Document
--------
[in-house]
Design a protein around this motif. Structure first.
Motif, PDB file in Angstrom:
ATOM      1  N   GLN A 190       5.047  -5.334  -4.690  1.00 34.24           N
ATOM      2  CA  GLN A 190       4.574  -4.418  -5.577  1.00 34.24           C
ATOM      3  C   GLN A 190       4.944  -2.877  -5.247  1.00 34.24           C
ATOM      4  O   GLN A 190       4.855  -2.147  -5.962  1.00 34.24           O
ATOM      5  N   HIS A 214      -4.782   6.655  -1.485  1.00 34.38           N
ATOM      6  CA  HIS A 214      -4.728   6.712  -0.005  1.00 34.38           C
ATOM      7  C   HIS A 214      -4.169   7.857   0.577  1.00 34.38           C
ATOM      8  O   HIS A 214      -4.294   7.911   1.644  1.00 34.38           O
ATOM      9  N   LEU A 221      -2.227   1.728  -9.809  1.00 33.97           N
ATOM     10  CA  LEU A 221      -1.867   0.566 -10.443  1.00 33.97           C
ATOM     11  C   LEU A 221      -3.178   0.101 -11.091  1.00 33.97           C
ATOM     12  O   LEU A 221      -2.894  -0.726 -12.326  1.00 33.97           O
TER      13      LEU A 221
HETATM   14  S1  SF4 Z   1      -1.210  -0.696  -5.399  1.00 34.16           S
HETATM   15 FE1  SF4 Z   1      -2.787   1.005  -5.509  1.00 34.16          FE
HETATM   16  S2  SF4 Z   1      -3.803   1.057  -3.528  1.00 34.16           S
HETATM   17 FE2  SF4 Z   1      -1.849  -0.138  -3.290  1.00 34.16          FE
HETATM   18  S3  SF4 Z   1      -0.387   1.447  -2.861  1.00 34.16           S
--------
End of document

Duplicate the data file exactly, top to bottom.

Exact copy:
[in-house]
Design a protein around this motif. Structure first.
Motif, PDB file in Angstrom:
ATOM      1  N   GLN A 190       5.047  -5.334  -4.690  1.00 34.24           N
ATOM      2  CA  GLN A 190       4.574  -4.418  -5.577  1.00 34.24           C
ATOM      3  C   GLN A 190       4.944  -2.877  -5.247  1.00 34.24           C
ATOM      4  O   GLN A 190       4.855  -2.147  -5.962  1.00 34.24           O
ATOM      5  N   HIS A 214      -4.782   6.655  -1.485  1.00 34.38           N
ATOM      6  CA  HIS A 214      -4.728   6.712  -0.005  1.00 34.38           C
ATOM      7  C   HIS A 214      -4.169   7.857   0.577  1.00 34.38           C
ATOM      8  O   HIS A 214      -4.294   7.911   1.644  1.00 34.38           O
ATOM      9  N   LEU A 221      -2.227   1.728  -9.809  1.00 33.97           N
ATOM     10  CA  LEU A 221      -1.867   0.566 -10.443  1.00 33.97           C
ATOM     11  C   LEU A 221      -3.178   0.101 -11.091  1.00 33.97           C
ATOM     12  O   LEU A 221      -2.894  -0.726 -12.326  1.00 33.97           O
TER      13      LEU A 221
HETATM   14  S1  SF4 Z   1      -1.210  -0.696  -5.399  1.00 34.16           S
HETATM   15 FE1  SF4 Z   1      -2.787   1.005  -5.509  1.00 34.16          FE
HETATM   16  S2  SF4 Z   1      -3.803   1.057  -3.528  1.00 34.16           S
HETATM   17 FE2  SF4 Z   1      -1.849  -0.138  -3.290  1.00 34.16          FE
HETATM   18  S3  SF4 Z   1      -0.387   1.447  -2.861  1.00 34.16           S